(The Center Square) – Louisiana legislative committees unanimously approved a plan Tuesday meant to ensure this spring’s elections will be held as safely as possible despite the threat posed by the COVID-19 pandemic.
The plan would broaden mail-in voting options for this spring’s elections. The full Louisiana Legislature and Gov. John Bel Edwards still must approve the plan before Secretary of State Kyle Ardoin can implement it. Ardoin would have to go back to the drawing board if his recommendations are rejected.
“The courts have spoken, and any plan less than this probably has no chance of surviving,” Ardoin said.
Louisiana residents who are at least 65 years old, members of the military, overseas voters, people who are hospitalized and people who say they won’t be in their parish on Election Day generally are allowed to vote by mail.
The proposed emergency rules would allow people to use a mail-in ballot if they have a medical condition that puts them at a higher risk of serious complications from COVID-19, are subject to an isolation order or are caring for someone who is, are advised by a health care provider to self-quarantine or are experiencing symptoms of COVID-19 and seeking a diagnosis.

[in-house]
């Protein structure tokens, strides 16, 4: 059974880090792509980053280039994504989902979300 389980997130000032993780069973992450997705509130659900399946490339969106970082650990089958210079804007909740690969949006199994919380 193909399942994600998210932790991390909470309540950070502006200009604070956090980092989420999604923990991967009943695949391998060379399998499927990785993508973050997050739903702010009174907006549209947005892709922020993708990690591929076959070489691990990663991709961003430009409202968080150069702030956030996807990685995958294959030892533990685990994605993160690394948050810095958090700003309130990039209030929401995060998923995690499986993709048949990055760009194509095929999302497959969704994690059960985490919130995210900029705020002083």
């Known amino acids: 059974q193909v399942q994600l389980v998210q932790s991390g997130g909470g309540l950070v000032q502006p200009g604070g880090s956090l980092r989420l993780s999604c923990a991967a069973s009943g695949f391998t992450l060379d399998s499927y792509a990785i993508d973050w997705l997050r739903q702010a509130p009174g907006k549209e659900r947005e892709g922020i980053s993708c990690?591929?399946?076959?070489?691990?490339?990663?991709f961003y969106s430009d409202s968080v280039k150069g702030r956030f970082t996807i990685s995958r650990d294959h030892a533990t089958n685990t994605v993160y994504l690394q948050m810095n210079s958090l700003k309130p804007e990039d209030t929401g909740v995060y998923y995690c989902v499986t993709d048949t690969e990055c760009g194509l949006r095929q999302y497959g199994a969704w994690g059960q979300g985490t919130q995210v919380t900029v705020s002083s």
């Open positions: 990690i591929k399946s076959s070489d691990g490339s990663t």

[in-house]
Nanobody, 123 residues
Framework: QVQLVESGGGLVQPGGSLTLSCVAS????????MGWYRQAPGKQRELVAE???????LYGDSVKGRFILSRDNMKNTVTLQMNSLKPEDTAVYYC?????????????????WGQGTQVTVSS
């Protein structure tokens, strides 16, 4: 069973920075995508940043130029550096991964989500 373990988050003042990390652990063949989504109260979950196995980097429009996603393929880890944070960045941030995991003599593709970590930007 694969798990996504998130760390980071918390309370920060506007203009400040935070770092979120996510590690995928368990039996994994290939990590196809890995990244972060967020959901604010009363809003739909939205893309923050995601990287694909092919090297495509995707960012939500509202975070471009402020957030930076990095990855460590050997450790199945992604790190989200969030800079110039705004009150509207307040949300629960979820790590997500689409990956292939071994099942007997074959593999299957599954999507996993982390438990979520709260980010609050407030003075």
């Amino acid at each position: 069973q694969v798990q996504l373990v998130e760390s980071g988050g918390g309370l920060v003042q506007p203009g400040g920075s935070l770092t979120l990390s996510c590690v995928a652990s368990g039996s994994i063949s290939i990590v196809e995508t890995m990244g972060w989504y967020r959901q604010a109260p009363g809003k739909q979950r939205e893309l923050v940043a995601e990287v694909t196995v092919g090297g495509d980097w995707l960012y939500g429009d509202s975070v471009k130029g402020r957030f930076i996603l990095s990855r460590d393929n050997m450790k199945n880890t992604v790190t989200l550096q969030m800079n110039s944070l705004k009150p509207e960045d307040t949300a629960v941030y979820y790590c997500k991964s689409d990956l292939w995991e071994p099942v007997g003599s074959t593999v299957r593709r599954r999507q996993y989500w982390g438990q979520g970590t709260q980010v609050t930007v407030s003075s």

The plan is much the same as one lawmakers approved for last summer’s elections, except it doesn’t expand the number days when in-person early voting is available. Republicans refused to expand mail-in voting for the fall elections, citing concerns about fraud and whether the U.S. Postal Service could handle the volume, only to have a judge order state officials to offer the broader list of options.
In contrast to the marathon debates held last year, there was little controversy Tuesday. Officials said there was no evidence of widespread mail-in ballot fraud and the COVID-19-specific options were utilized by a sliver of the electorate.
“With all the teeth-gnashing we did over the COVID ballot, relatively few people took advantage of it,” said Sen. Sharon Hewitt, the Slidell Republican who chairs the relevant Senate committee.
Most Louisianans who voted by mail did so under the longstanding rules for older voters. Rep. Daryl Deshotel, R-Marksville, however, said many of those voters likely were motivated by COVID-19 concerns even if they didn’t request a “COVID ballot,” suggesting the full “COVID effect” might have been larger than it appeared.
The emergency rules would cover a February special election for a vacant state House seat and local elections to be held in March and April. Louisiana also has two seats in the U.S. House of Representatives to fill because Congressman-elect Luke Letlow died from COVID-19 complications and U.S. Rep. Cedric Richmond is leaving Congress to join President-elect Joe Biden’s administration.